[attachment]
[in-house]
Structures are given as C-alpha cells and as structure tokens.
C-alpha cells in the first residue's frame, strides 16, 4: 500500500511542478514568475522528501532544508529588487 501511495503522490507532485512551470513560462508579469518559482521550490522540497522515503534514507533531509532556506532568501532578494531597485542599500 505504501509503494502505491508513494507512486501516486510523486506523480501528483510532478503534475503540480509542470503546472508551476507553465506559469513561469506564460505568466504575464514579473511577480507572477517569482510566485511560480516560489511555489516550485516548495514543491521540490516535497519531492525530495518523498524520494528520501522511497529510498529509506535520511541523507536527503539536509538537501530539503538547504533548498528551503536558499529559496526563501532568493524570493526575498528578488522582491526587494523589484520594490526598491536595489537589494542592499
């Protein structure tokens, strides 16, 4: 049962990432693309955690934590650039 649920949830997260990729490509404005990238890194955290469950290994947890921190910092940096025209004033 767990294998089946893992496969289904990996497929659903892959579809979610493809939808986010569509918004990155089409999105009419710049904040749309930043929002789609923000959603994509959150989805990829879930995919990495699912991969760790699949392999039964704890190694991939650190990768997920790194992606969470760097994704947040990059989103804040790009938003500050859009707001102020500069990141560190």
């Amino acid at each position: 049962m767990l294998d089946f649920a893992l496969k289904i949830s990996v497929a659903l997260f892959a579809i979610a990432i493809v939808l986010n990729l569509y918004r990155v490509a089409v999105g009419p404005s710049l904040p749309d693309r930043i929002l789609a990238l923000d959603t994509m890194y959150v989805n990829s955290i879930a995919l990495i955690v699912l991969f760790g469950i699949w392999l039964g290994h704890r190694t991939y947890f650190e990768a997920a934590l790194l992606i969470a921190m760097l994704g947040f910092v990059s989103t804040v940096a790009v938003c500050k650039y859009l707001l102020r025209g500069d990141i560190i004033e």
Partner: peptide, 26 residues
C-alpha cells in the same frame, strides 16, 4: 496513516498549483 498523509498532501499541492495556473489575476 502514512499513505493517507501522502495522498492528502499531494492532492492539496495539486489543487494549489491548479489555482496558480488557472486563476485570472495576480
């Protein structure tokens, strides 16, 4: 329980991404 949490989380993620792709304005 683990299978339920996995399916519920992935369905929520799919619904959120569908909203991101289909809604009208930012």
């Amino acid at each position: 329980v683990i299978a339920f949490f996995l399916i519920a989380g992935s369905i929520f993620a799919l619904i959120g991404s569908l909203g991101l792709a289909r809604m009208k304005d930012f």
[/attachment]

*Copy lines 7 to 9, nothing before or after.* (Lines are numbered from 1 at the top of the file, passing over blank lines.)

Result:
C-alpha cells in the same frame, strides 16, 4: 496513516498549483 498523509498532501499541492495556473489575476 502514512499513505493517507501522502495522498492528502499531494492532492492539496495539486489543487494549489491548479489555482496558480488557472486563476485570472495576480
């Protein structure tokens, strides 16, 4: 329980991404 949490989380993620792709304005 683990299978339920996995399916519920992935369905929520799919619904959120569908909203991101289909809604009208930012």
């Amino acid at each position: 329980v683990i299978a339920f949490f996995l399916i519920a989380g992935s369905i929520f993620a799919l619904i959120g991404s569908l909203g991101l792709a289909r809604m009208k304005d930012f």